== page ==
Being in Bordeaux also gave me tremendous perspective on what the future of Bordeaux looks like. First, the likelihood of another vintage like 1992 or 2013 is basically gone. The weather would have to be so bad and so dire that it would basically wipeout the entire vintage. The best houses used their notes from 2013 to make the changes to turn 2021 into a success. Speaking of work in the vineyard, there is more and more folks each year moving towards organic and biodynamic practices. Some are resisting full blown certification, but astonishingly most producers I spoke to didn’t even use the common treatment of cooper sulfite (which is organic) to combat the mildew this year, and instead chose to get out the snips and cut the bad parts away instead.

 

Another big movement is gravity flow winemaking facilities which allows for more complexity. Pumping wines can strip nuance and aromatics, and the houses have that implemented this are seeing tremendous results. Also, in the wineries they are moving away from barrel fermentation and more towards tank and concrete. These both also allow for better aromatics and complexity and showed during the tastings. The last interesting movement in winemaking is moving away from 100% new oak. Wineries are experimenting with 1 year aged barrels, concrete, tank and amphora which are all being used to preserve fruit and freshness, which went a very long way in 2021 and showed in the resulting samples.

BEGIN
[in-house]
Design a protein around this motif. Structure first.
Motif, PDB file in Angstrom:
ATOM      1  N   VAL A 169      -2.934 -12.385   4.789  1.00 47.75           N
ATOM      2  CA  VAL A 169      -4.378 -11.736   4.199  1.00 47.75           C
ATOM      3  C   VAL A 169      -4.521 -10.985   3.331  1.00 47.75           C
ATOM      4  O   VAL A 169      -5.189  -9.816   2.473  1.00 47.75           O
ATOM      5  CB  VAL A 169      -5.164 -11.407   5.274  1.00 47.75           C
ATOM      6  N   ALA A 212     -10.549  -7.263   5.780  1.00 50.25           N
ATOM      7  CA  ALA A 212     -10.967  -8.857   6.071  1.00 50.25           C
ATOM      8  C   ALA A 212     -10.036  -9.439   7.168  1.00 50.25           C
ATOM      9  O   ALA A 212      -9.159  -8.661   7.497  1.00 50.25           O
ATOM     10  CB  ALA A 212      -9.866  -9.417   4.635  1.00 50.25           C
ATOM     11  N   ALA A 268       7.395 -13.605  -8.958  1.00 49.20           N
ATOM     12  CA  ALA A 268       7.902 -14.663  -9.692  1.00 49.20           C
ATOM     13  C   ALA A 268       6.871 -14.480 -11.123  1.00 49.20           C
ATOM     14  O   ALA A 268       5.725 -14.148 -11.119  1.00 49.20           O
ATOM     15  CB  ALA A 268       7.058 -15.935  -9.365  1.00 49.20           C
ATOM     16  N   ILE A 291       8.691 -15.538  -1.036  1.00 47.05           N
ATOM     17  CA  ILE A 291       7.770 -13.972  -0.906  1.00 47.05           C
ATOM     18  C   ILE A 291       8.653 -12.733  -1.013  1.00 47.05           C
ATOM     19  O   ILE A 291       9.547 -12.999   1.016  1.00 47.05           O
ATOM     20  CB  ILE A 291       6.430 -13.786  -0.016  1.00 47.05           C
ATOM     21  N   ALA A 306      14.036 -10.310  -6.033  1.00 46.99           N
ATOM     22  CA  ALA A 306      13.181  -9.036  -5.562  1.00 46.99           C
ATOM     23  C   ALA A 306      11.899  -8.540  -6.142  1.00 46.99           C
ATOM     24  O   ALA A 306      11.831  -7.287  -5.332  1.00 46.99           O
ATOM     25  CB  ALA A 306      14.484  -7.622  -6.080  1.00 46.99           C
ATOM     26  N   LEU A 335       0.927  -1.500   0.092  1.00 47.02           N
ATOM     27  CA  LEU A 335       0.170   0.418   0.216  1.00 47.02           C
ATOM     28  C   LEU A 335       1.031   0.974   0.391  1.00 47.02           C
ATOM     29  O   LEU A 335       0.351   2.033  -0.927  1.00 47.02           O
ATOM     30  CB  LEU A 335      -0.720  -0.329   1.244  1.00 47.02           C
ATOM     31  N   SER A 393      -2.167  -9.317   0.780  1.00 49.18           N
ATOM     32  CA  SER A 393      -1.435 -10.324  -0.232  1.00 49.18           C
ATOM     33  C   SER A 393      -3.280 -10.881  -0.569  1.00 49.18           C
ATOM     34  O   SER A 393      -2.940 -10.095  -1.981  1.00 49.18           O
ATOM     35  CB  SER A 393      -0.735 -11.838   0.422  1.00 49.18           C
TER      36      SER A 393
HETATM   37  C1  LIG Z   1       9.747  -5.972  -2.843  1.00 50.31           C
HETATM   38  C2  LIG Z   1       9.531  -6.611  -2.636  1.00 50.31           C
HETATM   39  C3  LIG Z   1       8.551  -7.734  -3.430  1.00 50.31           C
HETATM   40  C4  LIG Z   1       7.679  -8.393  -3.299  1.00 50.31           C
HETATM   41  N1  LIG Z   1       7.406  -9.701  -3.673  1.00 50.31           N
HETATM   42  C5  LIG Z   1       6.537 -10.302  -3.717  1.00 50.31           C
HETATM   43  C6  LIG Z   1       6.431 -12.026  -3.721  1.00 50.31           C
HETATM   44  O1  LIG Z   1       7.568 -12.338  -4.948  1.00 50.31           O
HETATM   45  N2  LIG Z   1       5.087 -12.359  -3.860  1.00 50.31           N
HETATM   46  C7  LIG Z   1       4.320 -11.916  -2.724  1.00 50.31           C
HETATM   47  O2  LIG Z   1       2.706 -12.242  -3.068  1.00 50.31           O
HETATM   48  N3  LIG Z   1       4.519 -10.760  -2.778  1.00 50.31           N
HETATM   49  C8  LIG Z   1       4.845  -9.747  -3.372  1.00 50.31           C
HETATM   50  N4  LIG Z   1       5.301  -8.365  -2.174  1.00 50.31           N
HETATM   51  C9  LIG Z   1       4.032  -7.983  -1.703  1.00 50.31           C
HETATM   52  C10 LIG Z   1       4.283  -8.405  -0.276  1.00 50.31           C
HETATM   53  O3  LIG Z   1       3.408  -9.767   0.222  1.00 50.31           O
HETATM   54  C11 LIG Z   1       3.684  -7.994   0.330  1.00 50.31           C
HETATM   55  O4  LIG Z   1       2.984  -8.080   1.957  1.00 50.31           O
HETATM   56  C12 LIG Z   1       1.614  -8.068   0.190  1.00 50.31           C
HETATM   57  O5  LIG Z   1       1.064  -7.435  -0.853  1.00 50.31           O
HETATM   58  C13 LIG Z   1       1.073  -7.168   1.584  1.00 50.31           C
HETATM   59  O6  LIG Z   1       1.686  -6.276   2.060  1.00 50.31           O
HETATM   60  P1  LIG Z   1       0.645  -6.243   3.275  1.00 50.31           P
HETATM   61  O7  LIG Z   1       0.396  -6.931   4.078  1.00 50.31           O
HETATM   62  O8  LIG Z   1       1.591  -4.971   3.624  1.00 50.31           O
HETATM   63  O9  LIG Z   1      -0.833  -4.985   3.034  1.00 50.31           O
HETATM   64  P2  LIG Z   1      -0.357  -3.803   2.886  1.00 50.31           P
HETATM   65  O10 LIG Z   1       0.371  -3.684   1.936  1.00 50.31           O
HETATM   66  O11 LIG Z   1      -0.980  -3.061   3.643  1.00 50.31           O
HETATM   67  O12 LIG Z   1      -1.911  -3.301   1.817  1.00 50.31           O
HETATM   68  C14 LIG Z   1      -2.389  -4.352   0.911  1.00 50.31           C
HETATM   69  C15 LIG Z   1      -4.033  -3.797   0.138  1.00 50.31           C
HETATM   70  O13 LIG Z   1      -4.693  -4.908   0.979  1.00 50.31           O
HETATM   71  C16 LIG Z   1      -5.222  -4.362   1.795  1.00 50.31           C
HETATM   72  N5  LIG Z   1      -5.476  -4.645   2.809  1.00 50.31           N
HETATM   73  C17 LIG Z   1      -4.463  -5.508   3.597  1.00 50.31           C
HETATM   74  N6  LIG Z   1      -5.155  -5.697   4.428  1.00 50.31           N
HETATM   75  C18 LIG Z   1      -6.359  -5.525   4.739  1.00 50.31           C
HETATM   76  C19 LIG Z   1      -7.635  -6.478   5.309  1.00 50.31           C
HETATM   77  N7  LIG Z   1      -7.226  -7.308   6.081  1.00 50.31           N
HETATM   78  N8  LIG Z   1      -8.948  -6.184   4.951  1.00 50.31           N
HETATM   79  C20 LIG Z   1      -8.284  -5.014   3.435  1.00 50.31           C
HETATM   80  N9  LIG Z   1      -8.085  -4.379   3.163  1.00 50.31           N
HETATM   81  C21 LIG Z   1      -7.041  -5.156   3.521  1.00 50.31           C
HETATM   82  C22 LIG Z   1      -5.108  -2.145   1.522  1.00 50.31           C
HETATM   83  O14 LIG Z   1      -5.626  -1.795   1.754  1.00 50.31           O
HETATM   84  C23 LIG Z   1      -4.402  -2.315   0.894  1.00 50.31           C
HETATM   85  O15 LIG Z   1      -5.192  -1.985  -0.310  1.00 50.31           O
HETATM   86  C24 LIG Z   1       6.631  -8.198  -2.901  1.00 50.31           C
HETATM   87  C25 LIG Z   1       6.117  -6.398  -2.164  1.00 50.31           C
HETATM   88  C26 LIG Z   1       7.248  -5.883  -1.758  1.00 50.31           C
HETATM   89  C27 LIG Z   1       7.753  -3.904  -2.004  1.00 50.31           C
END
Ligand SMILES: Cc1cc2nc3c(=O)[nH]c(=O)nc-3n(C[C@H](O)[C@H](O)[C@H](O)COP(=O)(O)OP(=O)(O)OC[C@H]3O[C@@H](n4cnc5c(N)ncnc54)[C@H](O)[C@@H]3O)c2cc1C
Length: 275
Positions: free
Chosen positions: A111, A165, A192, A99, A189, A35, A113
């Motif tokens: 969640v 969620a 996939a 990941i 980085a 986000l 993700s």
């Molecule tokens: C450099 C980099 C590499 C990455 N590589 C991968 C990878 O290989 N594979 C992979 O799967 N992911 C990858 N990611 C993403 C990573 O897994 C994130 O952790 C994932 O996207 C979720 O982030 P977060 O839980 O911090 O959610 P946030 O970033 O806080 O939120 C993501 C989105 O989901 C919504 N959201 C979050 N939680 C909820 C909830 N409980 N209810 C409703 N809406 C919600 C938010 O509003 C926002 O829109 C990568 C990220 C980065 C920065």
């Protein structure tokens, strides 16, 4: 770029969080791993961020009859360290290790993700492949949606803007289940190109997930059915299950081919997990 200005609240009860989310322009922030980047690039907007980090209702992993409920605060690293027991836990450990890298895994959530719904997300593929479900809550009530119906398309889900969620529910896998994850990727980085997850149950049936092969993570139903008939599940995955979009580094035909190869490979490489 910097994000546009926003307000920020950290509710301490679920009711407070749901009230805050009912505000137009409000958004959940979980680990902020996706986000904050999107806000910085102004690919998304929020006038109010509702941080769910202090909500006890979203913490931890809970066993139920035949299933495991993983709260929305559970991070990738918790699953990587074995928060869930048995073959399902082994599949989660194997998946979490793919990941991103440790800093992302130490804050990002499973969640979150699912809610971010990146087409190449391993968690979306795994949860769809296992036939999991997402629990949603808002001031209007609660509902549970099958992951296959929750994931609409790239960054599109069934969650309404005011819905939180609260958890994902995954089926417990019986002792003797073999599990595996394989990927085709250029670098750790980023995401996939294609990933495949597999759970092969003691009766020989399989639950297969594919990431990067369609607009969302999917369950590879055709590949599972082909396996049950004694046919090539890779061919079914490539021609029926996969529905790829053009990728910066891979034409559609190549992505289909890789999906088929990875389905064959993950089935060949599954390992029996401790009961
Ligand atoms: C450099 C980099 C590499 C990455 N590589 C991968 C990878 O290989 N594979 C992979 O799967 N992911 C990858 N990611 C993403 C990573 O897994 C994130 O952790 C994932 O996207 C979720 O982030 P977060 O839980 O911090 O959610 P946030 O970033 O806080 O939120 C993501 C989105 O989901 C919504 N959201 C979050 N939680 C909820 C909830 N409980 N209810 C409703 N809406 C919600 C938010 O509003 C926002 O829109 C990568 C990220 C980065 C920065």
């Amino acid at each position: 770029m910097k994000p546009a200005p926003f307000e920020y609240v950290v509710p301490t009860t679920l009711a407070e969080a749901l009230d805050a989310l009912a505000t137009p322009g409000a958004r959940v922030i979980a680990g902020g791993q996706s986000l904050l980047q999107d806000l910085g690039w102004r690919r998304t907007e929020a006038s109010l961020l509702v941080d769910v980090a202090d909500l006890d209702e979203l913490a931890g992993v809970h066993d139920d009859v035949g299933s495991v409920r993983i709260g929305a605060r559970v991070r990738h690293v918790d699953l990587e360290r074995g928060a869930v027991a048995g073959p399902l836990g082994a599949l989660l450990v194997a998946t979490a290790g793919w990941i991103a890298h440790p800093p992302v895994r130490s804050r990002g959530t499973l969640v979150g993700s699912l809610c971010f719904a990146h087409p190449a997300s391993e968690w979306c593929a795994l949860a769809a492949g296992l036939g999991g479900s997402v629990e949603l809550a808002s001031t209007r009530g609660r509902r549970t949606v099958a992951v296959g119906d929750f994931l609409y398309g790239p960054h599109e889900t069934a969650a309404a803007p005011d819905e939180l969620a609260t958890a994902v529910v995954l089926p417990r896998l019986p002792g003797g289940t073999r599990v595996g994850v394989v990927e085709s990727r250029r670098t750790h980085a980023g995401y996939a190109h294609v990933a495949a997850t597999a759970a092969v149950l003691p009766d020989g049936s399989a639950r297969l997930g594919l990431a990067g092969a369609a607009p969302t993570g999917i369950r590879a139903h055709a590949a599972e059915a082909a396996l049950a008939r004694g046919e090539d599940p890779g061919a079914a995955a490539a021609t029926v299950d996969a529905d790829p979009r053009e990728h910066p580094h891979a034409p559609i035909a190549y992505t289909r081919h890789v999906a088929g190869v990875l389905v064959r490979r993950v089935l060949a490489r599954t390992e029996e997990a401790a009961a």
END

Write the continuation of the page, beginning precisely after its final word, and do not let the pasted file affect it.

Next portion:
I left the best part for last- the white wines. The 2021 vintage will be a benchmark vintage for white wines, of both the dry and sweet kind. The only bad news that comes along with this is that production was impacted, and what are largely small production wines are only going to be harder to find. Across the board the dry whites were hugely aromatic, remarkable fresh, very precise, and had incredible texture and weight. In almost every case, both the Grand Vin and the second wine were well beyond any other vintage I’ve tasted in the last 10 years. The sweet wines also bear the same characteristics, but also faced huge production impact. The story of the vintage is Suduiraut, that came in at only 1 hectoliter per hectare. Yes, you read that correctly, 1 hectoliter per hectare. That’s 5,300 bottles (not cases!) from 92 hectares of land (over 200 acres). The resulting wine is absolutely mind boggling and is absolutely on par with the legendary 2001 Yquem. This will be a treat to own on so many levels.